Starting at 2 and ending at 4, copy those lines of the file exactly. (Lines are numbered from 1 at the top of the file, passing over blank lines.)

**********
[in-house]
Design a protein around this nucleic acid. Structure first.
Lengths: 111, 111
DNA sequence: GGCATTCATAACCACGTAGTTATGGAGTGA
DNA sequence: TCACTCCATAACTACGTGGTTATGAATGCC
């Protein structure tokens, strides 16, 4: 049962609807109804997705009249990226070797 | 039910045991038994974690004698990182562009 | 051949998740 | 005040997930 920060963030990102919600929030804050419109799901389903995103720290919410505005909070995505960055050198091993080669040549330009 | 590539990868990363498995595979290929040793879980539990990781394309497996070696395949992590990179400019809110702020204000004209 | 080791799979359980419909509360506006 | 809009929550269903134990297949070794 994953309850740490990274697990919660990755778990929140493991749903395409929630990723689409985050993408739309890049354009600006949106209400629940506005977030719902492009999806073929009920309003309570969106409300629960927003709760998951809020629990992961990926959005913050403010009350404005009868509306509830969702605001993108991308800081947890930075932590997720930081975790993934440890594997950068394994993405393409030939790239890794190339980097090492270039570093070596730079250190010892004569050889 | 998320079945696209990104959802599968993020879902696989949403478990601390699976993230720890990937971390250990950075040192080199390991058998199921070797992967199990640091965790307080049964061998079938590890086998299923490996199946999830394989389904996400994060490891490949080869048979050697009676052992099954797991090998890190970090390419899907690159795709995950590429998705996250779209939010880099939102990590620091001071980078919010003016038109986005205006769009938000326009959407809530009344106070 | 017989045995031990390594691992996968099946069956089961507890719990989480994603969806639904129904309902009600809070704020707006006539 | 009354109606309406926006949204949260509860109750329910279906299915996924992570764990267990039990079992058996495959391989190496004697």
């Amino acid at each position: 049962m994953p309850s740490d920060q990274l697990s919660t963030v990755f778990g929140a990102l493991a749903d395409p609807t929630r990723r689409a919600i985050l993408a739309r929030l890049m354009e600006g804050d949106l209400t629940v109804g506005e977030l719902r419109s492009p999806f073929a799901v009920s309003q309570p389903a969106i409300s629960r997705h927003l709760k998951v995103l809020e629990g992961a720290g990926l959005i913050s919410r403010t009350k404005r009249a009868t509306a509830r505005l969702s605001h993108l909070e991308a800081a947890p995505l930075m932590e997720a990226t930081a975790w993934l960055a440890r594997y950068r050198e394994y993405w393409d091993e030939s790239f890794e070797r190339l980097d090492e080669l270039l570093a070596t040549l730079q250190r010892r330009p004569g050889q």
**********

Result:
Design a protein around this nucleic acid. Structure first.
Lengths: 111, 111
DNA sequence: GGCATTCATAACCACGTAGTTATGGAGTGA